Mechanisms of adaptation in antibiotic resistant bacteria; Genomic landscape of starvation-recovery transitions in bacterial populations
Mechanisms of adaptation in antibiotic resistant bacteria
Mutations responsible for clinically significant, high levels of antibiotic resistance are almost invariably associated with reduced growth rate in laboratory strains, under standard conditions. Despite its apparent relevance for the development of anti-infectious therapeutics as well as for general bacterial physiology, regulation and adaptation, the phenomenon of growth retardation has not been understood or even adequately studied. Recently we began investigating metabolic consequences of the acquired antibiotic resistance using topologically constrained metabolic modelling with the goal of identifying key modulators of the phenotypic variation.
Genomic landscape of starvation-recovery transitions in bacterial populations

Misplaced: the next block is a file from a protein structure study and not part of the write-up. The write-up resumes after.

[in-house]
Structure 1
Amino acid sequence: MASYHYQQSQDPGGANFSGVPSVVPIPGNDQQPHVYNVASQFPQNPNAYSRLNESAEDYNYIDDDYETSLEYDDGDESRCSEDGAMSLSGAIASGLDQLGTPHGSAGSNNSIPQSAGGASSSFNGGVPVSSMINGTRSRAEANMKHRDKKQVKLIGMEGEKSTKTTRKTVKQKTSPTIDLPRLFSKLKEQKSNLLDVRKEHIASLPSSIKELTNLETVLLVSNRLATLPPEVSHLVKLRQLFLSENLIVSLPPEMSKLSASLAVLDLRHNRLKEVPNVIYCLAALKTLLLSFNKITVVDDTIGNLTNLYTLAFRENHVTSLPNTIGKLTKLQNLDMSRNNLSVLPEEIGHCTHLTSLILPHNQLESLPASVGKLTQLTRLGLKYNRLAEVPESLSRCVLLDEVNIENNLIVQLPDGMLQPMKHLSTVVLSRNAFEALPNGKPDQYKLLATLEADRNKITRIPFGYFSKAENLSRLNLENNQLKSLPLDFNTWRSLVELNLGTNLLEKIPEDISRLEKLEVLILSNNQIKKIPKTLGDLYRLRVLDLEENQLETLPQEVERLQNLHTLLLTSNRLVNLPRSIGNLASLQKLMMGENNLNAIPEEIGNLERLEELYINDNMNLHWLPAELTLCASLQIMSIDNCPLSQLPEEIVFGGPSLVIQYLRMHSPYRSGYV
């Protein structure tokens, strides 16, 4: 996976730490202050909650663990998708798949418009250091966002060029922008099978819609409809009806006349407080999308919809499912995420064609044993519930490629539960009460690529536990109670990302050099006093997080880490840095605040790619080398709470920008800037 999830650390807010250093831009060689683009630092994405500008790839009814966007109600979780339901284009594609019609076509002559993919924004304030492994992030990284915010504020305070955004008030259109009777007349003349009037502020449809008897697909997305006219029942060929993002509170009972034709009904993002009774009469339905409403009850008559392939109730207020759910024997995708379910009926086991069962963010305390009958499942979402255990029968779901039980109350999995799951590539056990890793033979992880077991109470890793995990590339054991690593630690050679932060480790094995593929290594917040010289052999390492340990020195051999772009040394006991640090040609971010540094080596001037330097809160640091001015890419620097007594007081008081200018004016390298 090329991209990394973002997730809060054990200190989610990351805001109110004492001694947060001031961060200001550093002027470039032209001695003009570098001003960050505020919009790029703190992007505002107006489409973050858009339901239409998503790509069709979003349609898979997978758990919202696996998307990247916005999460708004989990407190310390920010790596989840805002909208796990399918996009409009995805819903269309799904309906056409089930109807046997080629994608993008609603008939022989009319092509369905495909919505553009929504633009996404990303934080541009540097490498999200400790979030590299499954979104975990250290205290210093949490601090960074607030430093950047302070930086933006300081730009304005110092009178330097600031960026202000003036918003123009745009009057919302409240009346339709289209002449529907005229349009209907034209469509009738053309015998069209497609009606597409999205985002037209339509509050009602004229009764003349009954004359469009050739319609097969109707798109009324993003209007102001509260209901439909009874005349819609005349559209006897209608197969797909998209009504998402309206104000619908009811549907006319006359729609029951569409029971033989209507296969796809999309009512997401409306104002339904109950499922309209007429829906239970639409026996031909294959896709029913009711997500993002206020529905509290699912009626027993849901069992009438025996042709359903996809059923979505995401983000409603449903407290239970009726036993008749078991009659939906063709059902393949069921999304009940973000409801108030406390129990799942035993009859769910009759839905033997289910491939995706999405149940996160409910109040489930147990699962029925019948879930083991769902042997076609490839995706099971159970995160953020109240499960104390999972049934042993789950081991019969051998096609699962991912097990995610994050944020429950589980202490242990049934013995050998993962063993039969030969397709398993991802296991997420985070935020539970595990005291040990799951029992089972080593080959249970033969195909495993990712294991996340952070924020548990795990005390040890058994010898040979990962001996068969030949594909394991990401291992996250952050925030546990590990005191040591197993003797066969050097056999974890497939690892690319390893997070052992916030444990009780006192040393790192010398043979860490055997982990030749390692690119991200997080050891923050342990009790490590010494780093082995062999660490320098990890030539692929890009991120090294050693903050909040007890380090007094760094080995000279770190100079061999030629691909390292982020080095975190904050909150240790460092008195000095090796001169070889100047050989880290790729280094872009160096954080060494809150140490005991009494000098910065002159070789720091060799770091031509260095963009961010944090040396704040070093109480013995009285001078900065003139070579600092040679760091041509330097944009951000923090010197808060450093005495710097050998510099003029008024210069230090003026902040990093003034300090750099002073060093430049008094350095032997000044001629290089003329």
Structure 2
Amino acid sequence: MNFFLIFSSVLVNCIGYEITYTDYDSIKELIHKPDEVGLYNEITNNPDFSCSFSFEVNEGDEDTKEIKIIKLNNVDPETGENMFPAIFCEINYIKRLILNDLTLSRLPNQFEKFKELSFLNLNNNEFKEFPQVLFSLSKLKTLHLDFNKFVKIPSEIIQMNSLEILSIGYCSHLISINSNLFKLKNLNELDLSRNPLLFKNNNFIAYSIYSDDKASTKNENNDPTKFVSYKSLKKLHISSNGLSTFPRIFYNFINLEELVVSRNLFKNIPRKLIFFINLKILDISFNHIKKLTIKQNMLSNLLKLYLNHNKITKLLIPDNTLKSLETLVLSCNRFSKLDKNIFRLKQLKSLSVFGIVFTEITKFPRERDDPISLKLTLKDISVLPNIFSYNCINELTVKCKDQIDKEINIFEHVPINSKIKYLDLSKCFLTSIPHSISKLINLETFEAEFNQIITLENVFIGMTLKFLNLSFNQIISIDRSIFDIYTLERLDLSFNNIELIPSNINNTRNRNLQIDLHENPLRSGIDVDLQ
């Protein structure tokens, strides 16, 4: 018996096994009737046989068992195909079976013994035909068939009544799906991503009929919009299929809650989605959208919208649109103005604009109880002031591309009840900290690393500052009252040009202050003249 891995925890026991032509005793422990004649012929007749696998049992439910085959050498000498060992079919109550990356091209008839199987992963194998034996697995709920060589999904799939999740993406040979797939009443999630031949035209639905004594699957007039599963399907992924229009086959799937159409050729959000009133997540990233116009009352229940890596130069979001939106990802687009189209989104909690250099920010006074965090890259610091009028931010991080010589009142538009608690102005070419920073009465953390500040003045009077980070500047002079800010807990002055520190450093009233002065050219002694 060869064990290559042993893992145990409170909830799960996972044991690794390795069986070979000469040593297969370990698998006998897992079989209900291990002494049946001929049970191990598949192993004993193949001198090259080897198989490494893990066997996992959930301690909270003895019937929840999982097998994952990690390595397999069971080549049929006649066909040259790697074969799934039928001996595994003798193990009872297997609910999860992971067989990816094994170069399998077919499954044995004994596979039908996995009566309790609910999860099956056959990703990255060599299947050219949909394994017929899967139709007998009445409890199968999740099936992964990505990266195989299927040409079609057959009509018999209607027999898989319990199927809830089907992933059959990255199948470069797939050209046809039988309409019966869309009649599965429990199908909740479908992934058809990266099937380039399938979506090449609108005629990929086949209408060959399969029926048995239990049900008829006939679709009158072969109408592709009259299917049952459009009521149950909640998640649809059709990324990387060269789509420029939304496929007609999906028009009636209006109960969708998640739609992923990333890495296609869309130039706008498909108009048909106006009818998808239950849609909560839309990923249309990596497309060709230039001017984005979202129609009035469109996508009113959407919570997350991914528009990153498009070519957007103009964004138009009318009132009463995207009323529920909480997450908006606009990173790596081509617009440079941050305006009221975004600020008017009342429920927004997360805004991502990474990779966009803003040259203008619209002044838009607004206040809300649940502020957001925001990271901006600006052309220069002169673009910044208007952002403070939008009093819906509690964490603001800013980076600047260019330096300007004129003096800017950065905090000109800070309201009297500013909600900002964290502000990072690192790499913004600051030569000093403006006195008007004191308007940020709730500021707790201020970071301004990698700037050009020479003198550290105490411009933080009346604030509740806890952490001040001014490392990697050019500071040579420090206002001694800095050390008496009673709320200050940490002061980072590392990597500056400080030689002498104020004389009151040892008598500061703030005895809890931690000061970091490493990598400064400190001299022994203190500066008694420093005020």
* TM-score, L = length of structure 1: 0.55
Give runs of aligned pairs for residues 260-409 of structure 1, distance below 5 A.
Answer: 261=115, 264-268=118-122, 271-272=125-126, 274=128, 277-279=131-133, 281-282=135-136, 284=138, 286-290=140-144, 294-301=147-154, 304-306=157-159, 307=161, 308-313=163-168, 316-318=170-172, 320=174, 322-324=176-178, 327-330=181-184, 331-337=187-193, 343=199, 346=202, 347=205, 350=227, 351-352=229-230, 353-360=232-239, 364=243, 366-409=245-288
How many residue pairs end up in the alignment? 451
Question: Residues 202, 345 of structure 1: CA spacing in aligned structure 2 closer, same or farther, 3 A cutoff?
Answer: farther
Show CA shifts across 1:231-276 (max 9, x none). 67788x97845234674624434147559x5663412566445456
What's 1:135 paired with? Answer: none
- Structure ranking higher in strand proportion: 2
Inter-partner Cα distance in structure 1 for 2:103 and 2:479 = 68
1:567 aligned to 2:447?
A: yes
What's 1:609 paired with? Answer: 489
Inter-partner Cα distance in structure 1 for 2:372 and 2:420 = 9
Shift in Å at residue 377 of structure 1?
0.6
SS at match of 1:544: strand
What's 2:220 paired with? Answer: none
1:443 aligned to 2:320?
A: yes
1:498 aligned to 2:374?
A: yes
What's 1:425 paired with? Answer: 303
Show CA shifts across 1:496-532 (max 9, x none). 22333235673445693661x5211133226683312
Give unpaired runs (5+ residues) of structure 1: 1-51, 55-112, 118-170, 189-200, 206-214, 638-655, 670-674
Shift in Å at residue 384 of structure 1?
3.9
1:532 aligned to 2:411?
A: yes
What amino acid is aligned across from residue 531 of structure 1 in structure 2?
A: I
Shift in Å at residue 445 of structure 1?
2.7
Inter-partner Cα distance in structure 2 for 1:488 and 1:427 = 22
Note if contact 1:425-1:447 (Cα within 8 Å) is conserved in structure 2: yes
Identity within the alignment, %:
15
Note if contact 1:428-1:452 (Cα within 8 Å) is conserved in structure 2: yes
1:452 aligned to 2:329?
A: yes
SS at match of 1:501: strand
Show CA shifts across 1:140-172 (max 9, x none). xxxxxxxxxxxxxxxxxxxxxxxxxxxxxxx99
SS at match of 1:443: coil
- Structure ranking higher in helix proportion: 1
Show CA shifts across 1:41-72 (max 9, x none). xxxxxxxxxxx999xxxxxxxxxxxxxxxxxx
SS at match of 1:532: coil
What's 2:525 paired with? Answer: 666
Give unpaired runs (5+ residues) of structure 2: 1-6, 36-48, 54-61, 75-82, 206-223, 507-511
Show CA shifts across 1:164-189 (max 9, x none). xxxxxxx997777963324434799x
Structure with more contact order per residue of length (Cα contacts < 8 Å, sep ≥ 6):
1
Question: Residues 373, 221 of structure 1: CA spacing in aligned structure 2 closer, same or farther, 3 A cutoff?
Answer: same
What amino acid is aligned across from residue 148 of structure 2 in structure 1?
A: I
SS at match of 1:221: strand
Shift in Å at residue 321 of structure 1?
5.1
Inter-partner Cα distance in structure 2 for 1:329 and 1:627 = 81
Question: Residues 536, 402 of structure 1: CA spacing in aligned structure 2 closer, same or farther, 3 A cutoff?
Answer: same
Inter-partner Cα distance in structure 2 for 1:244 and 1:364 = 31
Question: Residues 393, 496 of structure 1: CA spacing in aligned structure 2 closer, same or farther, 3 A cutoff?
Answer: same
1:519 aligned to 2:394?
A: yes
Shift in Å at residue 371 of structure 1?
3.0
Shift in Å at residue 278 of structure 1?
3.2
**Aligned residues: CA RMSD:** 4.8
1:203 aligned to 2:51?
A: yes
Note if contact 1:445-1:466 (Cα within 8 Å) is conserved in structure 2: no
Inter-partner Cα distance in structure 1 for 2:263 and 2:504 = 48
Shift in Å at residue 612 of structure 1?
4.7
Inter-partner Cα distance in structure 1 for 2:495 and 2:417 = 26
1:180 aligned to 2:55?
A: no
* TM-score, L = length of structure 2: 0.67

Life cycle of bacteria can be viewed as ever repeating phases of starvation and recovery. Genes whose products contribute to optimal entry, survival and exit from starvation, but do not influence exponential growth, are the primary biological focus of this study. Identification of such genes and their relative contribution to fitness under chemically controlled, starvation-recovery conditions will be used to model internally consistent genotype-phenotype relationships. Using high-throughput sequencing methods in conjunction with saturation transposon mutagenesis we can quantify the effect of every non-essential gene in the Escherichia coli genome on the starvation-related fitness. However, the reliability of fitness measurements depends on the ability to statistically model the high-throughput sequencing data. While intensive research into the best statistical practices in the analysis of transcriptomics data has been pursued in the bioinformatics literature, much less is known about optimal analysis strategies for transposon-saturation data sets. We develop and test experimental designs and statistical approaches to the basic analysis of such data.
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